Like Frozen Ice?

Back when I was investigating graduate schools in pursuit of becoming the World’s Oldest Living Graduate Student ™, I came across an odd description of the University of New Hampshire’s Master’s program in English and Writing in a comment online. Someone who’d analyzed the writers teaching in the program and the several famous student writers who’d graduated from it complained that the fiction the program produced had “too many trees in it.”

This struck me, as Sue Miller once wrote in response to a misguided review of The Good Mother, as “breathtakingly stupid.” Don’t all stories happen somewhere? And doesn’t the set of all possible somewheres include the places with trees?

Those ancient coals were blown up into fire once more by a recent review of a Vermont writer headlined Howard Mosher is a regional writer you need to know. I suspect the reviewer, whose work I respect, was gifted with that headline by someone less thoughtful but regardless my hackles rose and my ears turned red.

First, to deal with the writer in question: Howard Frank Mosher, until his death last winter, was probably the closest living American writer to Mark Twain we have in breadth, scope, and sympathy for his characters. The fact that he lived and worked in northern Vermont and that his fiction was set there had as little to do with its worth as the fact that he once shotgunned a bad review against the side of his barn. His characters were as rich and deep as any you’ll meet in fiction and his stories as universal as well.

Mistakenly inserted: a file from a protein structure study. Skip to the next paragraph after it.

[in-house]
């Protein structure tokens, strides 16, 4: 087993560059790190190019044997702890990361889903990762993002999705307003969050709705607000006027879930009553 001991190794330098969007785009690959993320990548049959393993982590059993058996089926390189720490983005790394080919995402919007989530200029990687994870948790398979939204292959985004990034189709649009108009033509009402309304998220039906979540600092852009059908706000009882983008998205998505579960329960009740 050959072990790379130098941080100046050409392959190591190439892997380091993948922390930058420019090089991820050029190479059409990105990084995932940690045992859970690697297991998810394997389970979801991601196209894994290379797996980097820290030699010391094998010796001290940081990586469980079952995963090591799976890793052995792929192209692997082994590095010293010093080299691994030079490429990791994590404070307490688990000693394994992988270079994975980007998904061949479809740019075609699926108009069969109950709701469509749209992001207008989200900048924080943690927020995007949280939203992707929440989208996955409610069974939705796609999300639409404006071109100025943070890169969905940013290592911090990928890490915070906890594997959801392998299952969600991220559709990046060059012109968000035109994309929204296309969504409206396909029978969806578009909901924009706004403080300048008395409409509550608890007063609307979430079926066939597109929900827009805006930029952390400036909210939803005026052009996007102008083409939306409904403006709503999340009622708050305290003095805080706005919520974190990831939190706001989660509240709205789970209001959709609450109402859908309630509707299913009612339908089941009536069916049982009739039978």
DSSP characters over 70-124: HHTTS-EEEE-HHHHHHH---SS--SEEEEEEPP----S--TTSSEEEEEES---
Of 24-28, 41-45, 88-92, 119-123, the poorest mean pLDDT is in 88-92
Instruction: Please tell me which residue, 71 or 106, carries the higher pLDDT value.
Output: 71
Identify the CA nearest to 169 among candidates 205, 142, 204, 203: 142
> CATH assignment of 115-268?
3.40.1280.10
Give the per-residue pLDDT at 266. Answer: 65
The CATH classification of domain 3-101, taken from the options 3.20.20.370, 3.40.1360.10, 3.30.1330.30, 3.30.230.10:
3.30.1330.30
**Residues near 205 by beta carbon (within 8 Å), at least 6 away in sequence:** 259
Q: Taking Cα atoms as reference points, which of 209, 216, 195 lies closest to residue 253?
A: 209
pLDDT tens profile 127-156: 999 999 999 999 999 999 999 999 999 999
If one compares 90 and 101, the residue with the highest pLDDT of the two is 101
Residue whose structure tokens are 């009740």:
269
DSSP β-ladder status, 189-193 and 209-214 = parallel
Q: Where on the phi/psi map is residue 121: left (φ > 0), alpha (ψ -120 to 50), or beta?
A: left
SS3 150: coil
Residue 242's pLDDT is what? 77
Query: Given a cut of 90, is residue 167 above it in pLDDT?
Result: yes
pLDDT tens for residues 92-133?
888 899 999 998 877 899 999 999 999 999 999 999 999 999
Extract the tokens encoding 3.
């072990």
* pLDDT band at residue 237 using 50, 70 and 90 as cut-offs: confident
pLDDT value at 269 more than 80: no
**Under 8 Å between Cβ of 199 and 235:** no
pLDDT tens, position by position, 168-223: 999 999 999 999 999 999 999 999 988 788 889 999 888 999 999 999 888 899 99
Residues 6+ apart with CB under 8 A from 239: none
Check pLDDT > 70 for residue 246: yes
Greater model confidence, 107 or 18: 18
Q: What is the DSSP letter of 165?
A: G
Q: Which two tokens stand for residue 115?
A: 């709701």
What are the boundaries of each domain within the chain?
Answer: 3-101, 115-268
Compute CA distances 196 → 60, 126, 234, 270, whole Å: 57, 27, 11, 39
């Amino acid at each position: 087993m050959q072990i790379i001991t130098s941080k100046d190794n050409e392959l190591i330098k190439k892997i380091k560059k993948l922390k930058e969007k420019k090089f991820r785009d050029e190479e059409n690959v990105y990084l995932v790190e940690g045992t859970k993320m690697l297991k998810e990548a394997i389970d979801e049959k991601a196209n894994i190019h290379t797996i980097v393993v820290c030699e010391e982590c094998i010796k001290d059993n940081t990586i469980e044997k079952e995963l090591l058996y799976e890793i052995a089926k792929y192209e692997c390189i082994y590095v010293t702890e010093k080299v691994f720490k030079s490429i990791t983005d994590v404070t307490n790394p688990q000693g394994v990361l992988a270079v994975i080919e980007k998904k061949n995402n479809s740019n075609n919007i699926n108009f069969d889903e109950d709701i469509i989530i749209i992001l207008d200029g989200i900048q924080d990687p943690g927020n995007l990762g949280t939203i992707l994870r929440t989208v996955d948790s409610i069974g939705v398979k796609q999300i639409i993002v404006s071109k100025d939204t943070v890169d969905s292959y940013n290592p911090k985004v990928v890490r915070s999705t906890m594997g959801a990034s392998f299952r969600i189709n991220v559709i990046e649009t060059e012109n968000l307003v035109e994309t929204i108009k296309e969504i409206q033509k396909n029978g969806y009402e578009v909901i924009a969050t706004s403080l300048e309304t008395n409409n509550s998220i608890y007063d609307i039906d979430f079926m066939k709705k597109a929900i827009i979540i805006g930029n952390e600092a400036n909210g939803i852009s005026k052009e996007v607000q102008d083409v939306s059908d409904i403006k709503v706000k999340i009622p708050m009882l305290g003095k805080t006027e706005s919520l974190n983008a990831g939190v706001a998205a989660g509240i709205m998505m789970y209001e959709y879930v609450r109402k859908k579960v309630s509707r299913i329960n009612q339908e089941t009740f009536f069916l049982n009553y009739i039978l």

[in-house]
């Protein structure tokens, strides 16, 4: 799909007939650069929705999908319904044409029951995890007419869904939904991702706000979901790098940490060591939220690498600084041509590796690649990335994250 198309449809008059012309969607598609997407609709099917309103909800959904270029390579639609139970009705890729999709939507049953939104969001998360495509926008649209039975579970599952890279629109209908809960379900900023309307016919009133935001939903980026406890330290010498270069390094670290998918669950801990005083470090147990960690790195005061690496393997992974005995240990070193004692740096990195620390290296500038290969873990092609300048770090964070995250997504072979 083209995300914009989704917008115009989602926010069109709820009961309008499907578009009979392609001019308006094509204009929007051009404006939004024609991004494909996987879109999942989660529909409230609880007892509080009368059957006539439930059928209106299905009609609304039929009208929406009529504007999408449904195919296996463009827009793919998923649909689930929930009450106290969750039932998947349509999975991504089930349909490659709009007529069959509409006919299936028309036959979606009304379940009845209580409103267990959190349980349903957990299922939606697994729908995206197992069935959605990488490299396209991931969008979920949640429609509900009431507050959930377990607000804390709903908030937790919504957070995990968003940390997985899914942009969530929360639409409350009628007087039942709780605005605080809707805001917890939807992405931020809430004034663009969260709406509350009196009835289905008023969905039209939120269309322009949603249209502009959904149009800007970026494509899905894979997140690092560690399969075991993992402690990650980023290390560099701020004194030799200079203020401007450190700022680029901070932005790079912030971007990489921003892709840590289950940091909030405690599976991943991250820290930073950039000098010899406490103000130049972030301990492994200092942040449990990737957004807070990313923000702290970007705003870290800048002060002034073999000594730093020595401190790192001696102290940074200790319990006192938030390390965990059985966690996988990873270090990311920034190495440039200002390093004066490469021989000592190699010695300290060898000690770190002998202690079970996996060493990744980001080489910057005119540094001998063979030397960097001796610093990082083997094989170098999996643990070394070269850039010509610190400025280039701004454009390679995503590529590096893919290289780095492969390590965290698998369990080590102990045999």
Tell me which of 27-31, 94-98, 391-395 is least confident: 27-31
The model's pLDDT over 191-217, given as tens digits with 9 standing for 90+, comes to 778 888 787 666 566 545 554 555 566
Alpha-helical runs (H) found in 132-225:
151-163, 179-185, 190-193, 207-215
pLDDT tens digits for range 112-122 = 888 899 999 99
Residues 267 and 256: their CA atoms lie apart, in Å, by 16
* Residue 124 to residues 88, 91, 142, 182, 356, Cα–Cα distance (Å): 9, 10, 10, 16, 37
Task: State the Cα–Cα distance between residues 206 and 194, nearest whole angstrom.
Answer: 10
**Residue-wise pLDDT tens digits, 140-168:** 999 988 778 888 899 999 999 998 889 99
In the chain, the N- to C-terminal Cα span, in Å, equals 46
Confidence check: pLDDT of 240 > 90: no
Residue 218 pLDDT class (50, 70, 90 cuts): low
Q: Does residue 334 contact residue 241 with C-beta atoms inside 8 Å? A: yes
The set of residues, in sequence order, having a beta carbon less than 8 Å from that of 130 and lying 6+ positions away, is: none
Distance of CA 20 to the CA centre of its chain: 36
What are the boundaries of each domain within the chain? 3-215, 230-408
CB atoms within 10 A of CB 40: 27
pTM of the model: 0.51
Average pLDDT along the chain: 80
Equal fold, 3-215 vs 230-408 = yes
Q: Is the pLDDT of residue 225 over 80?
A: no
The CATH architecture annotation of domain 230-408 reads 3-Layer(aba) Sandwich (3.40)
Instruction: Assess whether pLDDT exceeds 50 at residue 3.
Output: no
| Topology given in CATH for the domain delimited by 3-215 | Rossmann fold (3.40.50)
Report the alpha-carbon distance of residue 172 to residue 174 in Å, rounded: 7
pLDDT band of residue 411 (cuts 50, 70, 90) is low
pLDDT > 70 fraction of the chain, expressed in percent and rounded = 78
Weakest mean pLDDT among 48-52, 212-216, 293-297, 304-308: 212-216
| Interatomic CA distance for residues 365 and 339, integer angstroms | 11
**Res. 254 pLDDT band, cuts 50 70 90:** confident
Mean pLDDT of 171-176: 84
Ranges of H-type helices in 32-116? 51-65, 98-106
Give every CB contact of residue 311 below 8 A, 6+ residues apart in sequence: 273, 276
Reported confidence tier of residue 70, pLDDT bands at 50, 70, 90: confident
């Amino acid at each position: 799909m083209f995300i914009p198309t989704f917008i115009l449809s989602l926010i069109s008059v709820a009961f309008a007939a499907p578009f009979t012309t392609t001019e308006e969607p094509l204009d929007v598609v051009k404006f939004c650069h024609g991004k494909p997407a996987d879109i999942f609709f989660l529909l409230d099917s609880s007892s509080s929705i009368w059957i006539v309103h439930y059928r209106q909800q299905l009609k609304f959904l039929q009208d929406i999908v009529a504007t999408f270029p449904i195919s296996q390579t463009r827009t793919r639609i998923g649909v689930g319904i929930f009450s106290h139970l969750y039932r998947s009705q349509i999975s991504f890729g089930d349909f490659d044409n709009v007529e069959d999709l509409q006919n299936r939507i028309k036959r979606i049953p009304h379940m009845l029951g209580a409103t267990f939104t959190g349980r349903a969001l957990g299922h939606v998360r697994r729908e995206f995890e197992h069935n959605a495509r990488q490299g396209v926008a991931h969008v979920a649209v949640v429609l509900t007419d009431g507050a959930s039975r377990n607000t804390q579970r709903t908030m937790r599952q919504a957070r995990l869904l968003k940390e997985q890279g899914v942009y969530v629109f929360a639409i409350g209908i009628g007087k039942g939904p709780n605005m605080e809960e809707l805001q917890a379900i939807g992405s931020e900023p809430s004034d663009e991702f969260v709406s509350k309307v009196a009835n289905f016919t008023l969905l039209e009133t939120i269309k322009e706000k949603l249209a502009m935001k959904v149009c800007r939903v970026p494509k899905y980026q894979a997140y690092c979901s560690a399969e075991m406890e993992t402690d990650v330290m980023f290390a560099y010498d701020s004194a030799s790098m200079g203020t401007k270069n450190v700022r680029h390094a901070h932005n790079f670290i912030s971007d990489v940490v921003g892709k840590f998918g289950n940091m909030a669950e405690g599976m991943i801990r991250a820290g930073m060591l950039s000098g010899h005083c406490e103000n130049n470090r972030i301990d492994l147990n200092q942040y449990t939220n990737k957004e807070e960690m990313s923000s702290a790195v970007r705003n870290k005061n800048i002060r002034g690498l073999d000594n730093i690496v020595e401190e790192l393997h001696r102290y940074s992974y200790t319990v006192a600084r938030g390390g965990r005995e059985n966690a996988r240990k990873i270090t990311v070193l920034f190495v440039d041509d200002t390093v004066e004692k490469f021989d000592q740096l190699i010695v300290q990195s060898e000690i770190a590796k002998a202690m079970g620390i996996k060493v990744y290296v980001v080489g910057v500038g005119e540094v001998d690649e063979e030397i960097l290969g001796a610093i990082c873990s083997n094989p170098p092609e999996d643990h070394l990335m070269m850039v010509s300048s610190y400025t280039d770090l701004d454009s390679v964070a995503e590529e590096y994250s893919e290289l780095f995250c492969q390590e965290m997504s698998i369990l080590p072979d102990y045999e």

My reaction to the “regional” label stems from a belief that too many people use it thoughtlessly as a way of denigrating fiction that is heavily concerned with place, especially if the place is somehow distinctively different from the (generic) city. It’s as if the headline for the Mosher review said: “Well, it’s pretty good considering it’s only about those crazy people in the Northeast Kingdom.”

The term also suggests that everyone inside the so-designated region should be flattered to be so recognized and that no one outside the region might have an interest in anything going on in it place except as a mildly interesting bit of anthropology.

Good fiction is mainly about characters, of course, but characters have to live somewhere. And great fiction twines those characters inextricably with their place, their geography and weather and seasons and, yes, their trees. By the logic of the person who complains about too many trees or tags a novelist as regional, Dostoevsky was a regional writer. Virginia Woolf. And on and on.

It’s difficult enough to convince people to read fiction. Tagging a book or a writer with such a diminishing adjective does no one—reader or writer—any service. Looked at from outside? We all live somewhere and write about some place, which makes naming someone a “regional writer” about as tautologous talking about  “frozen ice.”

About Richard Cass